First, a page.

• A lifetime annuity of ~$2,400 per month – starting now
  • We could move into one of the best public school districts in the country
  • We could buy three rental properties and teach our kids about money by having them involved in deciding to borrow against the properties (or not) to fund their educations. The kids could receive a direct financial benefit from minimizing the cost (if any) of their educations
  • We could help send a dozen kids to grad school
  • We could back a family member to buy into an established professional practice
  • We could work less (for the rest of our lives) and make the world a better place
  • We could live abroad long enough for the kids to become bilingual (or to gain residency in a country with free education, national health care and retirement support)
  • We could improve the lives of thousands of people in the developing world (schools, safe drinking water, medical care)

The ideas above ignore the cost of the misery that we give ourselves worrying about funding college!

Given that I’m unsure that the family wants to support three college educations, we are working towards funding one college education spread between three 529 accounts.

Total annual contributions to college funds can be $14,000 per kid, per parent => a potential investment of $84,000 per annum for a two-parent family with three kids.

For all but the top 2% of US earners, paying for everything will be out of reach.

Don’t beat yourself up.

The best thing I can do for my family is love them and work on continually improving myself. I’ve come to see the benefits of my constraints.

Setting Family Financial Priorities – Healthcare

Over the last ten years, my family has incurred well over $300,000 of medical bills – births, broken wrists, malpractice, sick kids, MRIs – it all adds up.

In my family budget, I include my premiums ($7,872) and my entire deductible ($7,500). We fund our deductible via our HSA ($6,550 family contribution limit in 2014) and top up when required. The HSA is funded automatically each month so I’m forced to save that money. Most US Bank’s have a subsidiary that can help you set up an HSA.

$15,000 per annum is a lot of money but most years, we “save” a dollar for each dollar we pay out.

BellaFor example, my daughter spent 4 nights in the hospital:

  • $18,500 retail price became $8,500 after discounts given to my insurer
  • $8,500 bill blew through our deductible so we received a $7,500 invoice
  • We had previously saved $5,000 in our HSA so…

End result… I write an unexpected check for $2,500 instead of $18,500.

Health insurance offers up some benefits:

  • Cap our potential liability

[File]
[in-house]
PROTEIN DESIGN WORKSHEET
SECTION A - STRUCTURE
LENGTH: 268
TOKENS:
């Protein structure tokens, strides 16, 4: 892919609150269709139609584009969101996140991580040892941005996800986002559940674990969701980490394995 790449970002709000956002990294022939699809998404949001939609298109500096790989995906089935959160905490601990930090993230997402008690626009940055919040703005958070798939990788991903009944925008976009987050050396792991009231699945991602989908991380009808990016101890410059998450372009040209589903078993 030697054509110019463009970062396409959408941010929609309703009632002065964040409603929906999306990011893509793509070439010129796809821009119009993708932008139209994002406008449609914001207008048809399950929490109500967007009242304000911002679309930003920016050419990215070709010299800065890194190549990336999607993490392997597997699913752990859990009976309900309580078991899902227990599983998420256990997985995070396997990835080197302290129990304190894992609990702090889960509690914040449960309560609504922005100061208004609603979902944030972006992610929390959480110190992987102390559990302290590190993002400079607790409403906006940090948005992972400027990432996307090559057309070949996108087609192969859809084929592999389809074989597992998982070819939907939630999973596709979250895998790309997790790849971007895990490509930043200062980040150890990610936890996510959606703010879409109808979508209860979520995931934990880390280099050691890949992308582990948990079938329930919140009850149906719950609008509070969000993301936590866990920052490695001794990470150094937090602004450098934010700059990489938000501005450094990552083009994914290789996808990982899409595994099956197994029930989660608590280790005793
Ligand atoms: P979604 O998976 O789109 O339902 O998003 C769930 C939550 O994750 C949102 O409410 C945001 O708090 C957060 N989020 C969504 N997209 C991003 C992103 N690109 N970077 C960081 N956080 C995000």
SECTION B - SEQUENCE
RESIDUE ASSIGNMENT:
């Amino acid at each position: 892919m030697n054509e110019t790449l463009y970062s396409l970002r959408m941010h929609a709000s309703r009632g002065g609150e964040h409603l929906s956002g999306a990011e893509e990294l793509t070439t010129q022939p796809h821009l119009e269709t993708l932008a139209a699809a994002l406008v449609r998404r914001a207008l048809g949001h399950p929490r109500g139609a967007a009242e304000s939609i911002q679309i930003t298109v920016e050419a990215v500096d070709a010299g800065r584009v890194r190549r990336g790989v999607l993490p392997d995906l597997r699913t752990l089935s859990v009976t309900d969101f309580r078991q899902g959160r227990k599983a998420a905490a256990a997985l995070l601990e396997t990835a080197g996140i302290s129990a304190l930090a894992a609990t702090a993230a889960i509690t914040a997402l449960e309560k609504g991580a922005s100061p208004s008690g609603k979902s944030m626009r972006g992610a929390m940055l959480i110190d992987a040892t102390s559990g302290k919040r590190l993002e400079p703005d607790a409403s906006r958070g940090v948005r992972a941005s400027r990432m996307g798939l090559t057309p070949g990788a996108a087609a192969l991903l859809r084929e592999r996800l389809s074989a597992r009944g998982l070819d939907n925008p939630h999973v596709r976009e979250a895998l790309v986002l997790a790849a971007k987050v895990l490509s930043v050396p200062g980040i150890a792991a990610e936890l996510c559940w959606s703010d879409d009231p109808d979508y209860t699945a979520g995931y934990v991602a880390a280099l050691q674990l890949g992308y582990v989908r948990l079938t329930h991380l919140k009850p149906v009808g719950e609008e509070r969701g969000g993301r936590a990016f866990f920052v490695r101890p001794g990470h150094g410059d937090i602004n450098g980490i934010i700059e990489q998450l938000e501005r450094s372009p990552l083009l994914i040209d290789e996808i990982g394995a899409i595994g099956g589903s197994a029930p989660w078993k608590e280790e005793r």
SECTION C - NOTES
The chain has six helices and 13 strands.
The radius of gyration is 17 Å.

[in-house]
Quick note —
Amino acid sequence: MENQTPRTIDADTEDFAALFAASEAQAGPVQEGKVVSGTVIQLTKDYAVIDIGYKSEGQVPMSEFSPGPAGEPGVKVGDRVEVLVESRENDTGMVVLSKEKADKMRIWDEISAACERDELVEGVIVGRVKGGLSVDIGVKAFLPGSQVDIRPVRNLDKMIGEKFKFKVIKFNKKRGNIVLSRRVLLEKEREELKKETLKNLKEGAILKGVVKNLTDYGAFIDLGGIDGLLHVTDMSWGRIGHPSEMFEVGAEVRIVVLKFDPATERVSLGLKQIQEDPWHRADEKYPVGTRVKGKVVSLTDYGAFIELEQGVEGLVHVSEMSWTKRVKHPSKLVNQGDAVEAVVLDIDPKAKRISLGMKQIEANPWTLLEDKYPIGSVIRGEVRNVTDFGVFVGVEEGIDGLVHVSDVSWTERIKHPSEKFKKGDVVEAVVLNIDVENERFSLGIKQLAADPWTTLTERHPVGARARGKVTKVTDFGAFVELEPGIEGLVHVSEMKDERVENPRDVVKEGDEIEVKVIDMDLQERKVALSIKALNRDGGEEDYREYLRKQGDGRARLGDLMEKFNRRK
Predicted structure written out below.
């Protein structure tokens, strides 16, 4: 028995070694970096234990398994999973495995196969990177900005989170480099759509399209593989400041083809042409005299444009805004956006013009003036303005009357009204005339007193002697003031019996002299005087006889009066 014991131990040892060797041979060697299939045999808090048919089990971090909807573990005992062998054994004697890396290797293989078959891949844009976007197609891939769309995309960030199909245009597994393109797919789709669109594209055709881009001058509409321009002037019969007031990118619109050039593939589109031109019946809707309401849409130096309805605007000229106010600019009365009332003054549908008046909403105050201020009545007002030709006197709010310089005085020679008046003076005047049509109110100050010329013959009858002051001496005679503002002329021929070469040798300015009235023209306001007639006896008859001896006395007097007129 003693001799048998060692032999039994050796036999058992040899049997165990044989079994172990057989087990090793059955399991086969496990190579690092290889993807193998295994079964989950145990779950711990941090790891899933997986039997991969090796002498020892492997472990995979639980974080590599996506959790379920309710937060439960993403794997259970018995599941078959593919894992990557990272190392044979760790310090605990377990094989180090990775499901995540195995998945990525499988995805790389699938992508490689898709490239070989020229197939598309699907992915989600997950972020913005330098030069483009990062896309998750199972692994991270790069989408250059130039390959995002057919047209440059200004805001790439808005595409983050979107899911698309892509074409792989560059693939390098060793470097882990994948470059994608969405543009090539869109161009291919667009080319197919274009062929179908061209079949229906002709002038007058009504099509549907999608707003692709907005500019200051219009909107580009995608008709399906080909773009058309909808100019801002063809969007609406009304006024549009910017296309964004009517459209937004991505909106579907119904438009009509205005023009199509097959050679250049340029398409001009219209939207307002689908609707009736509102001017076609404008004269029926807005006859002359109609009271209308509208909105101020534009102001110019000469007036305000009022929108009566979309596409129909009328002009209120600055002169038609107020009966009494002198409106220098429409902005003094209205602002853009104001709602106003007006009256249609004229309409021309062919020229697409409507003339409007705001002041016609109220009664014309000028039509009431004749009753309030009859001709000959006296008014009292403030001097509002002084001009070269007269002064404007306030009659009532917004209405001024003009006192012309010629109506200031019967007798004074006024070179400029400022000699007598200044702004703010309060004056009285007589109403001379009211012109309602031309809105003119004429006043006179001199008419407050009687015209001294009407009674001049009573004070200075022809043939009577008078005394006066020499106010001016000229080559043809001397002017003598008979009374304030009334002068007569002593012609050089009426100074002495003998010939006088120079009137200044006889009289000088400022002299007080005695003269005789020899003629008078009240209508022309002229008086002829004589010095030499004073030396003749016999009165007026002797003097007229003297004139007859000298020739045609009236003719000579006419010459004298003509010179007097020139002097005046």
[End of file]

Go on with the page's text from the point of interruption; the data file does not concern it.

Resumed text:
• Access the discounted rates offered to our insurance company
  • Pay automatically (direct debit insurance payments and HSA contributions)

Sidebar: work with health benefits would be a valuable addition to our family. A decent health plan could save us $15,000 per annum.


My next investment is a long-term care policy – about $5,000 per annum for the two of us. Even though the likelihood of payout on the policy is remote – for now – the policy gives me a lot of comfort in case tragedy strikes my wife, or me.

More on this in a post from 2010.

If I couldn’t afford my retirement investments then I’d skip the long-term care insurance, it has a low expected return on investment.

Passing The Starbucks Test

A buddy shared that he’s close to passing the “Starbucks Test” for financial security.

He’s spent many years living below his means and is close to reaching the point where he could maintain his lifestyle, while earning minimum wage. The nearing of goal achievement is making him nervous.

Career inertia, spending and debt can conspire to make us believe that we have no choice but to continue.

I’m happy for my pal and remember how the realization that I could live on far less, was a sad period. I was free and couldn’t blame my circumstances.

My choice was to leave a conventional life behind. I spent close to ten years “having fun” and doing what “I” wanted. There’s a lot of conditioning that tells us that self-indulgence is the secret to happiness.

It might be! Those were good years. However, things change and eventually, I was left with a question (along with my three children)…

What’s the best use of the time that I have left?

Are you doing your life’s work?

If not then change slowly.

Child’s Play

Pirate ShipAt my kids’ preschool there are only a few rules for safety – mainly around the zip line.

One of the rules they have for kids (and parents) is to NEVER help another kid up a tree or piece of equipment. Their view is the kids have a better idea of their limits than their friends, or parents.

Since they taught this to me, I’ve been a lot more hands off with my children and careful not to encourage them get in over their heads. It’s stressful when they are little but they figure out how things work quite quickly.

Wanted to pass that along as it’s been a useful technique to help my kids self-regulate.

One of my “fondest” toddler memories was my oldest daughter hanging upside down on a cargo net, screaming, at Pirate Ship Park in Vail. By the time I put my phone down and got over there, a mom had bailed me out.

Yes, I was the Dad looking at his phone while his three-year-old hung upside down.

Still working on getting the balance right.

Getting Crushed Financially

Market Moves

I love this chart.

Blow it up, print it out and study!

Jerry created the chart to show nearly a century of bull markets but what caught my eye was the nature of the eight bear markets.

  • Duration of 3 to 34 months
  • Scale of loss (peak to trough) of 22 to 84%

If you’re an investor then it’s important to realize that it is perfectly normal that you’ll get crushed once a decade. Knowing that it’s normal won’t make it hurt less, but it might make you realize that your pain is temporary.

Personally, my worst bear market was 2008. It was a doozy.

In the space of six months:

  • my family’s net worth fell 65%
  • I lost my job
  • My dependents doubled
  • I discovered that my (joint & several) partner was involved with fraudulent activity